Glacier National Park is open year-round and every season in the park is stunning. Fall, however, is uniquely magical. The Crown of the Continent’s glacier-carved valleys and mountainsides are painted with the golden hues of autumn, amplifying the already jaw-dropping views. Fewer visitors, abundant birding and wildlife watching, and exclusive biking access on the Going-to-the-Sun Road make it one of the best times to enjoy the park. Here are our top eight reasons why you should visit Glacier in its golden season.

The Crown of the Continent beckons leaf peepers.

BIRD WATCHING

Glacier National Park’s preserved and pristine landscape makes for prime bird habitat. Its skies are graced with soaring raptors, the lakes and rivers flush with waterfowl and shorebirds, and sweeping meadows and woodlands visited by beautiful songbirds. One bird you can expect to see in fall is the golden eagle—one of North America’s largest and fastest birds of prey—as every fall thousands of them migrate through Glacier.

The golden eagle is one of North America’s largest birds of prey.

SCENIC DRIVES

Chase fall colors and enjoy the sheer beauty of golden alpine forests. With a landscape that varies from jagged mountain peaks to sweeping meadows, Glacier has world-class, scenic drives. A favorite route of ours is Looking Glass Road. This curvy route is located on the Blackfeet Reservation on the east side of the park. Along with picturesque views looking into Two Medicine, you’ll also have a good chance of seeing wildlife in valleys along the highway, including bears, moose and wolves. Being amazed by Glacier can be as simple as driving around.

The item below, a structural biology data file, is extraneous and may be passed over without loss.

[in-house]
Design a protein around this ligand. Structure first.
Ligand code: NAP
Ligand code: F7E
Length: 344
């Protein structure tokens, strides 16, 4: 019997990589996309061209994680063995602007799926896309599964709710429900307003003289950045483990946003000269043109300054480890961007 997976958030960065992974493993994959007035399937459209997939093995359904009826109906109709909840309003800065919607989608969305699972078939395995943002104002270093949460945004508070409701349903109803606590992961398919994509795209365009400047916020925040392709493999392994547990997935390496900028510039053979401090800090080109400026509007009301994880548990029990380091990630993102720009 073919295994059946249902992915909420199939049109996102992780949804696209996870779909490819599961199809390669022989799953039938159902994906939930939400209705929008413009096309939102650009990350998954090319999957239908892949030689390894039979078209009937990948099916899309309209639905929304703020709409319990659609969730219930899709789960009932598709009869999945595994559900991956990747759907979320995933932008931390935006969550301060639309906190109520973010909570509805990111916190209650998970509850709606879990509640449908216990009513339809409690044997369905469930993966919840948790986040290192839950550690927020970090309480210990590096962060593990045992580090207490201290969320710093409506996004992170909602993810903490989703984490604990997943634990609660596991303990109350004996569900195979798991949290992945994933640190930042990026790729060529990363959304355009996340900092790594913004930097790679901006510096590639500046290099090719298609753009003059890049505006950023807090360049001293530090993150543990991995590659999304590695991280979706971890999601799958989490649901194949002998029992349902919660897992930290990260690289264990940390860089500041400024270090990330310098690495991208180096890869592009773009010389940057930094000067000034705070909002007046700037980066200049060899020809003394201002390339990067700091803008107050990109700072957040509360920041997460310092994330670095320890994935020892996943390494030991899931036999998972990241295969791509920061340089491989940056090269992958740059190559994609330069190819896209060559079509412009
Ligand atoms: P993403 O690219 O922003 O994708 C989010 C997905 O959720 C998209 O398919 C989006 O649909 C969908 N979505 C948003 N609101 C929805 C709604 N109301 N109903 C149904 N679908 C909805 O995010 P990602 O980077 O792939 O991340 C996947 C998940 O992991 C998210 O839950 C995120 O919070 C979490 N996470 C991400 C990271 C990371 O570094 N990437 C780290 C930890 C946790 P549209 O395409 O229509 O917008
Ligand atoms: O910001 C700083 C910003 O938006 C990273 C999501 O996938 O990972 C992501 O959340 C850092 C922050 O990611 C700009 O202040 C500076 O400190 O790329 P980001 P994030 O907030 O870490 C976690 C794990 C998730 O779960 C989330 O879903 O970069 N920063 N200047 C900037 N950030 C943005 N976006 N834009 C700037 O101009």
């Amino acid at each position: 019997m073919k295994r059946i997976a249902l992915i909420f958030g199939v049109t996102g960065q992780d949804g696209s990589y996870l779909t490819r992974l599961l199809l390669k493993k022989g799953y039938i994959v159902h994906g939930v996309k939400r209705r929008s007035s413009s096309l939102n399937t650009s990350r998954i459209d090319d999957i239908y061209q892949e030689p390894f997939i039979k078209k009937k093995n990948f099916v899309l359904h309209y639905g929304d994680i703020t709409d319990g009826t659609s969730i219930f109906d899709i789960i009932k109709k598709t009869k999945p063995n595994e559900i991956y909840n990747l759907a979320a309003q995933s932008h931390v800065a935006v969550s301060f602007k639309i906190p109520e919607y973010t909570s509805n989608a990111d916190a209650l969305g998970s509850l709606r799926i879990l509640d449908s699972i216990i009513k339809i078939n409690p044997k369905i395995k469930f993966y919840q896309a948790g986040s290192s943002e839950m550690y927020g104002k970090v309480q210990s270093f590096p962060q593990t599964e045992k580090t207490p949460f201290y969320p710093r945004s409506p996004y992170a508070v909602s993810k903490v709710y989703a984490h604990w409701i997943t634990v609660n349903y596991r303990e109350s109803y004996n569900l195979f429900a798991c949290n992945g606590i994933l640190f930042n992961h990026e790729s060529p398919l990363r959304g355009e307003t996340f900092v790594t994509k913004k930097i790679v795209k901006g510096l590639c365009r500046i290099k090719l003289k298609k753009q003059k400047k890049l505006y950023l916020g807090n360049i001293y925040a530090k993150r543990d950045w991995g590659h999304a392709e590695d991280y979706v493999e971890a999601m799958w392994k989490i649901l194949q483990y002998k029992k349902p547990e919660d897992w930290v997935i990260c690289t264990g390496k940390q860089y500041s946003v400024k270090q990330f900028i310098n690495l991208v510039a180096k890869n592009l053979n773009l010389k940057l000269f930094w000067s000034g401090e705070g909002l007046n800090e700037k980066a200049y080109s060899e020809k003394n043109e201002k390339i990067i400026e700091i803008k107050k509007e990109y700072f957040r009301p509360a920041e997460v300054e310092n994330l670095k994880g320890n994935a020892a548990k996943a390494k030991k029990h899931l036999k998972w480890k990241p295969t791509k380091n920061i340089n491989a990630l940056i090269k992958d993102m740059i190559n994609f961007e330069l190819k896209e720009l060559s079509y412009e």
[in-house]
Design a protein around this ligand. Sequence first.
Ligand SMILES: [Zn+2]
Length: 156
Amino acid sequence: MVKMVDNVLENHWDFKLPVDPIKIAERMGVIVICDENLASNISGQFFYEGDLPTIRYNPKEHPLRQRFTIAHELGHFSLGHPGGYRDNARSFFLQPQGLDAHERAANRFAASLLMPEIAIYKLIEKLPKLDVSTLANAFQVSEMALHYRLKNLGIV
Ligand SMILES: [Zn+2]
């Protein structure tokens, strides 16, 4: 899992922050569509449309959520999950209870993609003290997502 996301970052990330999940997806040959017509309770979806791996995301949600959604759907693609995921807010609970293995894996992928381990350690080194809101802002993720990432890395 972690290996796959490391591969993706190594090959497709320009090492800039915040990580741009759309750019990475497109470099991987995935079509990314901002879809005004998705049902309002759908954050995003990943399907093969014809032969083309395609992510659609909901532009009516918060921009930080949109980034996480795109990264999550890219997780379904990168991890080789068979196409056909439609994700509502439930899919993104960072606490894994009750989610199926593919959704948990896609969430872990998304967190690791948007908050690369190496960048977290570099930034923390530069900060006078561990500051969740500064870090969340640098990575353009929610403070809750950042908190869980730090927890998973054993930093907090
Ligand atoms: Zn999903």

You don’t even need to see what’s around the next bend to be stopped in your tracks at Glacier National Park.

WILDLIFE WATCHING

One thing that makes Glacier so special is that we share the land with an abundance of beautiful, wild creatures; it’s home to 19 large mammals, including bear, moose and bighorn sheep. As one of the most intact ecosystems in the lower 48 states, there are plenty of opportunities to view wildlife. During the fall, deer, elk and moose are in rut and bears enter hyperphagia (a stage where they eat and drink nonstop to gain weight in preparation for hibernation), making it the most active season to spot wildlife. As always, remember that the wildlife is just that–wild. Stay safe by respecting their space. 

Seeing a moose in the wild is an unforgettable experience. Photo: Bynum

BIKE THE GOING-TO-THE-SUN ROAD

For many, the highlight of their trip to Glacier National Park is the Going-to-the-Sun Road—an engineering marvel and National Historic Landmark. Fall offers the unique opportunity to bike the Going-to-the-Sun Road, after the road has been closed to cars (Oct. 15, weather dependent). The cool temperature and awe-inspiring landscape make it a pretty epic way to spend a day in Glacier. Beginning in spring 2020, e-bikes will be allowed everywhere bikes are in national parks.

Elevate your cycling adventure in Glacier Country.

FISHING